- Rough place name and a latitude/longitude reference; for rocket-carried tests, the launch location is specified before the detonation location, if known. Some locations are extremely accurate; others (like airdrops and space blasts) may be quite inaccurate. "~" indicates a likely pro-forma rough location, shared with other tests in that same area.
- Elevation is the ground level at the point directly below the explosion relative to sea level; height is the additional distance added or subtracted by tower, balloon, shaft, tunnel, air drop or other contrivance. For rocket bursts the ground level is "N/A". In some cases it is not clear if the height is absolute or relative to ground, for example, Plumbbob/John. No number or units indicates the value is unknown, while "0" means zero. Sorting on this column is by elevation and height added together.
- Atmospheric, airdrop, balloon, gun, cruise missile, rocket, surface, tower, and barge are all disallowed by the Partial Nuclear Test Ban Treaty. Sealed shaft and tunnel are underground, and remained useful under the PTBT. Intentional cratering tests are borderline; they occurred under the treaty, were sometimes protested, and generally overlooked if the test was declared to be a peaceful use.
- Include weapons development, weapon effects, safety test, transport safety test, war, science, joint verification and industrial/peaceful, which may be further broken down.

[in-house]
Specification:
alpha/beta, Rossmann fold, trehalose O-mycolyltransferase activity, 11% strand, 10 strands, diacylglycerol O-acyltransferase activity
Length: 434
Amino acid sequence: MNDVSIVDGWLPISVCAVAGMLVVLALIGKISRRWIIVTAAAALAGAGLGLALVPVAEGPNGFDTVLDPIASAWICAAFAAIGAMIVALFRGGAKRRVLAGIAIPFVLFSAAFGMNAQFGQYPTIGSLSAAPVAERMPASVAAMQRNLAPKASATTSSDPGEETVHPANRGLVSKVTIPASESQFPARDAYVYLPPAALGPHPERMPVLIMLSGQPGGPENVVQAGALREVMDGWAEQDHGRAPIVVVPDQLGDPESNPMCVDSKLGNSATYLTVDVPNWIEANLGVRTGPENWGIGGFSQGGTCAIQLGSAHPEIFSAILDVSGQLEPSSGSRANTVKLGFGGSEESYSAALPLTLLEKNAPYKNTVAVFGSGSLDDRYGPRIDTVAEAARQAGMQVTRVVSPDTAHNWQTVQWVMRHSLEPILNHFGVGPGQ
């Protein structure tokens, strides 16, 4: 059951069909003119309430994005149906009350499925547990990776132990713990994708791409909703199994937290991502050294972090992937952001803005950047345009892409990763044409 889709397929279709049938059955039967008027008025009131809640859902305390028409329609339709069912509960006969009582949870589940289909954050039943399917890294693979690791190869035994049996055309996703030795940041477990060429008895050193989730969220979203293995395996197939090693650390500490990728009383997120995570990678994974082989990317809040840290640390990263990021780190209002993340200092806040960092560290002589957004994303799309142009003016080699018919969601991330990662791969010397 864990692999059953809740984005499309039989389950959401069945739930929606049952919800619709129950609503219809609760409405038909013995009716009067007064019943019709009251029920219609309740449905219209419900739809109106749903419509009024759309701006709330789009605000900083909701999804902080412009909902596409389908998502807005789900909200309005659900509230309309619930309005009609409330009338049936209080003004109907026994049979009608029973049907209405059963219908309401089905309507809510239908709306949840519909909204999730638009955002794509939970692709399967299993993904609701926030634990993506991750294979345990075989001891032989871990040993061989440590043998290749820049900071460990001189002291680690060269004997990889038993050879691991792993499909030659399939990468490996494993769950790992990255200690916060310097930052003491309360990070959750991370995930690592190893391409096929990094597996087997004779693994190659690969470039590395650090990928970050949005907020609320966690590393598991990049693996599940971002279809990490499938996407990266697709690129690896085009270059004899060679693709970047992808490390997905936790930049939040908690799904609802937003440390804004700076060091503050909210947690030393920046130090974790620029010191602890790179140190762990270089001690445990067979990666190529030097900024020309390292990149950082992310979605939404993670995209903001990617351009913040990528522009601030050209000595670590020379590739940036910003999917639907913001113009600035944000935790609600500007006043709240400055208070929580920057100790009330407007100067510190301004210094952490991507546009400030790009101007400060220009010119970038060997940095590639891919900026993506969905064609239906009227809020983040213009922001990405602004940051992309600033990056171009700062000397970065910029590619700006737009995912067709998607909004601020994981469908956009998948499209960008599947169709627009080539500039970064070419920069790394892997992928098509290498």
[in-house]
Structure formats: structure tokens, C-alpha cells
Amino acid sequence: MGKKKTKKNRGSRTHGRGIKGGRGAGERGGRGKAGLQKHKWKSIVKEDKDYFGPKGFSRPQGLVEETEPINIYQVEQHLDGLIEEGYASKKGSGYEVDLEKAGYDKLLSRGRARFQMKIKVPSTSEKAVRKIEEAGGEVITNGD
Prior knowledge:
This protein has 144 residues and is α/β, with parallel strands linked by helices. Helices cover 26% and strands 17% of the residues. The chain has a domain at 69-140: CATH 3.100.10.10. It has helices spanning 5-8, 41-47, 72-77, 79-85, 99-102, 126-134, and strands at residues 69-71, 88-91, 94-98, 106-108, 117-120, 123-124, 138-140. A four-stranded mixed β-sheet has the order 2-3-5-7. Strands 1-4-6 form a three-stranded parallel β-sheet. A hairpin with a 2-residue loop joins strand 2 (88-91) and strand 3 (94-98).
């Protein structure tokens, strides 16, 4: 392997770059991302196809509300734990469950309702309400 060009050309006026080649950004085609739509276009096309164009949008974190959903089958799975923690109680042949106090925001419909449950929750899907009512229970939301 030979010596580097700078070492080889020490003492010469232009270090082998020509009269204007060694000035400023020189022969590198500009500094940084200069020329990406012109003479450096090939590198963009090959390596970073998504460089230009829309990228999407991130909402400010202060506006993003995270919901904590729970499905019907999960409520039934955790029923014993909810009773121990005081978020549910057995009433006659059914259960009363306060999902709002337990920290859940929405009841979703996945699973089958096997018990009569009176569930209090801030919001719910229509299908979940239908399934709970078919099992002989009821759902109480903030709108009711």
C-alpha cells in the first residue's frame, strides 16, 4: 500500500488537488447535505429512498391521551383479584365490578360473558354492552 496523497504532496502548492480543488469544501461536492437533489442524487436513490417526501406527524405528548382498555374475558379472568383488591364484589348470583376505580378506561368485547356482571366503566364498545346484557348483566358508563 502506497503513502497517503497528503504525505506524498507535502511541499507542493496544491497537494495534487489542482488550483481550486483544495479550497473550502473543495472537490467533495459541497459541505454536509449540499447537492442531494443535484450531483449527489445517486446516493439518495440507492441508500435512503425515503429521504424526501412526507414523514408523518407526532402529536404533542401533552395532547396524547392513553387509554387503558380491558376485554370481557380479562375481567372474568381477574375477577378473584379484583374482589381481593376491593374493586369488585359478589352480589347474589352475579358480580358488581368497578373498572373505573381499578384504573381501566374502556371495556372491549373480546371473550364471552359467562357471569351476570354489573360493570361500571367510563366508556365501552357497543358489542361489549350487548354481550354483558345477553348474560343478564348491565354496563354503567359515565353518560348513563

- Designations for test items where known, "?" indicates some uncertainty about the preceding value, nicknames for particular devices in quotes. This category of information is often not officially disclosed.
- Estimated energy yield in tons, kilotons, and megatons. A ton of TNT equivalent is defined as 4.184 gigajoules (1 gigacalorie).
- Radioactive emission to the atmosphere aside from prompt neutrons, where known. The measured species is only iodine-131 if mentioned, otherwise it is all species. No entry means unknown, probably none if underground and "all" if not; otherwise notation for whether measured on the site only or off the site, where known, and the measured amount of radiation released.
- The National Archives, London, ES 1/11.
- "Timezone Historical Database". iana.com. Retrieved March 8, 2014.
- Cathcart, Brian (1994). Test of Greatness: Britain's Struggle for the Atom Bomb. Cambridge, UK: John Murray.
- Cooper, Malcolm B.; Lokan, Keith H.; Williams, Geoffrey A. (November 1, 1983). The Radiological Status of the Monte Bello Islands: May 1983 (Technical report). Yallambie, VIC, Australia: Australian Radiation Laboratory. Retrieved December 18, 2013.
- Norris, Robert S.; Burrows, Andrew S.; Fieldhouse, Richard W. (1994). Nuclear Weapons Databook, Vol. 5: British, French, and Chinese Nuclear Weapons. Boulder, CO: Westview Press.
- Yang, Xiaoping; North, Robert; Romney, Carl (August 2000). CMR Nuclear Explosion Database (Revision 3) (Technical report). SMDC Monitoring Research.
- Bird, Peter (1989) Operation Hurricane Worcester: Square One Publications. ISBN 1-872017-10-X First published: 1953.
- AWE history
- Original AWE page available from archive.org
- British nuclear weapons testing in Australia[dead link]
- Operation Hurricane - Ministry of Supply made documentary
- Better quality extract from the same video of the Hurricane Nuclear Test
- Atomic Forum[dead link]
- Britain's Nuclear Weapons-From MAUD to Hurricane
- Operation Hurricane by National Archives of Australia - Vimeo
- Declassified AWRE reports and National Archives files on Operation Hurricane's scientific and civil defence implications